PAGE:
An Aussie rock legend, who’s drummed with top bands like ACDC and Cold Chisel, is now mentoring young people at a creative tech-learning hub in northern New South Wales – and there’s a call out for more creatives to join him!
The not-for-profit organisation, Social Futures, manages three Australia ‘Clubhouses’ – creative tech-learning spaces for young people (aged 12 to 17 years) in Bathurst, Ballina and Lismore.
The Clubhouses are part of an international Clubhouse Network, founded by two Massachusetts Institute of Technology researchers in Boston in 1993. Now there are 120 clubhouses in 19 countries. (The Massachusetts Institute of Technology is one of the world’s top universities.)
Drummer Ray Arnott has a music career spanning five decades. He was originally a sessional drummer for Albert Music, one of Australia’s biggest talent managers in the 1970s and ’80s. Ray drummed with all the greats – John Farnham, Rick Springfield, John Paul Young, Cold Chisel and ACDC. He drummed for Bon Scott at his last ever Australian performance in 1980.
Ray later went on to teach music in schools, but heard about the Clubhouse Network and now mentors upcoming musicians one afternoon a week in Ballina.
“It’s so important to give back,” Ray said.
“These young ones are keen to learn and it’s amazing what you know and what you can pass on.
“One of the most incredible things about being a mentor is watching young people grow in confidence and believe in themselves. They begin to understand what they themselves can do and give to the community and to the world.”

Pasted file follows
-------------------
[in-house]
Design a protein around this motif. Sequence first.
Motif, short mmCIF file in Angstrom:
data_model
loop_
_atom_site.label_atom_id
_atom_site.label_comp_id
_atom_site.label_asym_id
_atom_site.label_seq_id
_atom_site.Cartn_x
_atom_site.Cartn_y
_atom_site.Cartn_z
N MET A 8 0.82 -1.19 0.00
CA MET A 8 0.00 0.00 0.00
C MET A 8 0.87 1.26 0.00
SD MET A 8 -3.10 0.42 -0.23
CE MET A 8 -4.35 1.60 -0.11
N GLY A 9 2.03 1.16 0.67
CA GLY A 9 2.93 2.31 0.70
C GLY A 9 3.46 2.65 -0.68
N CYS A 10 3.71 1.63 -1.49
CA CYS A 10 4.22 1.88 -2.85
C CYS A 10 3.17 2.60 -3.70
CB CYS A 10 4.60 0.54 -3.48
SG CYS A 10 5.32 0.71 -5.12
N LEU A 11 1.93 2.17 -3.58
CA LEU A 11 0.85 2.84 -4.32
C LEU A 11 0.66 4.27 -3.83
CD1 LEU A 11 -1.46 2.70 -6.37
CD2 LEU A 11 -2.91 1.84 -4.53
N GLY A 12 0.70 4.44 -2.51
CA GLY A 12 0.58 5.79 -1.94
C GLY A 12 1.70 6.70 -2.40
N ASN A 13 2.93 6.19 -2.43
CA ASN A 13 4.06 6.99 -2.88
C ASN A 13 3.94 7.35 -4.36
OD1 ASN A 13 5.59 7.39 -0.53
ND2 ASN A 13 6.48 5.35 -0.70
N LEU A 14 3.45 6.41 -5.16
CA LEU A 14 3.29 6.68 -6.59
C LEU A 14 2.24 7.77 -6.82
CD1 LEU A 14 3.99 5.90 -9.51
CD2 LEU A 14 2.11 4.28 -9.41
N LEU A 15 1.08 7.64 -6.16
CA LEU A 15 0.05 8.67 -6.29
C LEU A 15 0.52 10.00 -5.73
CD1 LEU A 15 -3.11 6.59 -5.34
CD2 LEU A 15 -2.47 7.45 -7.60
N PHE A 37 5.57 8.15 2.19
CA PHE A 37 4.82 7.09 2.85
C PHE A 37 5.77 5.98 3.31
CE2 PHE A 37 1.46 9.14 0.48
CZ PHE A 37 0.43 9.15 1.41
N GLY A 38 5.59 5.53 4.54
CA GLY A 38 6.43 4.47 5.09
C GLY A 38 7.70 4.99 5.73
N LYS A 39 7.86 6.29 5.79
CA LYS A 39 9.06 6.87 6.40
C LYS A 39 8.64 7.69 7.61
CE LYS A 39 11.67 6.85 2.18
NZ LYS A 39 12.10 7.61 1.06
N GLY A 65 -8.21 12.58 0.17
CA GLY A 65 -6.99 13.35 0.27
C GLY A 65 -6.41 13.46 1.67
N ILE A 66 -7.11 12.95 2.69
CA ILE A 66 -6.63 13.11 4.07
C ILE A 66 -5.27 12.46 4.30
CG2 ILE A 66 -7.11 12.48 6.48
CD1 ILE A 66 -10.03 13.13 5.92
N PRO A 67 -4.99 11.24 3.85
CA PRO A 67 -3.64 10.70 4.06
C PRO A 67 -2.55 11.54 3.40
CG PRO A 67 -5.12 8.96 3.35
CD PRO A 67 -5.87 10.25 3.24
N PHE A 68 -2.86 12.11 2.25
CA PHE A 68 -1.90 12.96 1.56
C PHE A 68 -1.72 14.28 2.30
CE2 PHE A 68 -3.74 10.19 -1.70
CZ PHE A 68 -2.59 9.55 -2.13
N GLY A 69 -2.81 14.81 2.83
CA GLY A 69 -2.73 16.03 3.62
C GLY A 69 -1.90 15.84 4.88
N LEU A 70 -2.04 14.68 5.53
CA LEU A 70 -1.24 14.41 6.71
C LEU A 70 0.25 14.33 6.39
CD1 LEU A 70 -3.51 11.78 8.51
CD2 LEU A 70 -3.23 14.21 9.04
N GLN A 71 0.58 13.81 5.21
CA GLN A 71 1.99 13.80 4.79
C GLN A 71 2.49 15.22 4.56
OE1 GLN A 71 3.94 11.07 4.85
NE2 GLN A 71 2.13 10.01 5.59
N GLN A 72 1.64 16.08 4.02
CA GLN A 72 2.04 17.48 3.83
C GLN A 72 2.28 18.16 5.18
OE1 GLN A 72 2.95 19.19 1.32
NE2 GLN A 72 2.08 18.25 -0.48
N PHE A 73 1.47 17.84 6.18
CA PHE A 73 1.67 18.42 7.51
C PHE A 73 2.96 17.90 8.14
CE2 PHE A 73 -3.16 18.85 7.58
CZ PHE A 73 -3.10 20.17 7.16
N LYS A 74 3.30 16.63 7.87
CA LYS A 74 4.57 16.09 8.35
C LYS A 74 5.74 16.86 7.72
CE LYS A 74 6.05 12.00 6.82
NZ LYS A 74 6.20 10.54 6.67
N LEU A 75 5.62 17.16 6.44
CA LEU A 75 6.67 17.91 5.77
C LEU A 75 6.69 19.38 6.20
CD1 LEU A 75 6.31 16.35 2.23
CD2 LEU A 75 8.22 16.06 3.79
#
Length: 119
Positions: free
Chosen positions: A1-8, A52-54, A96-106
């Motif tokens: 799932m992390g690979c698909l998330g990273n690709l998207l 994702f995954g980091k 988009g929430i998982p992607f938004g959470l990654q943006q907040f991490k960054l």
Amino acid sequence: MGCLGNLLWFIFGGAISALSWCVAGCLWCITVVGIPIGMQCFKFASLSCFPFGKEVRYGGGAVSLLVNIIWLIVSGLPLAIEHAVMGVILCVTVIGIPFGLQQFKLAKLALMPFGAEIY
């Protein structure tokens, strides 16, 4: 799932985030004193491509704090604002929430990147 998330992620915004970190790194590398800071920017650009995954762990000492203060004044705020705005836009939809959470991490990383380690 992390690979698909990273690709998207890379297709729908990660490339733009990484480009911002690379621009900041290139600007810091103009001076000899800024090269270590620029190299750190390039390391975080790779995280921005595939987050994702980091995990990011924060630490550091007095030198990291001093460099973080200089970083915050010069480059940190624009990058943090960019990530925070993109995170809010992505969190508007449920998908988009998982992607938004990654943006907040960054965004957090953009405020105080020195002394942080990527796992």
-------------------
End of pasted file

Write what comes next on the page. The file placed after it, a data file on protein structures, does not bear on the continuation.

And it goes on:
Social Futures CEO, Tony Davies, said Social Futures is keen to hear from people with expertise in areas such as music, film, robotics, coding, electronics, computer science, creative arts, animation or photography in the Bathurst, Lismore or Ballina regions.
“If you have an interest in any of these fields, then consider sharing your skills with young people aged 12 to 17 years at the Clubhouses,” said Davies.
“But really, any skills or experience you have to share will be valued.”
Davies highlighted that there was a need for mentors who could commit to a couple of hours a day for a day or two per week during school terms.
“Our mentors play a vital role in challenging these young minds to think critically, develop new concepts, and find the technologies to bring their ideas to life,” he said, “but it can also just be as simple as asking a young person how their day was and sharing a cup a tea.”
Social Futures is a Centrelink approved volunteer organisation meaning dedicated volunteering hours can count towards Centrelink payments.
If you would like to learn more about being a mentor, visit the Social Futures website.
Menchie Khairuddin is a writer Deputy Content Manager at Akolade and content producer for Third Sector News. She is passionate about social affairs specifically in mixed, multicultural heritage and not-for-profit organisations.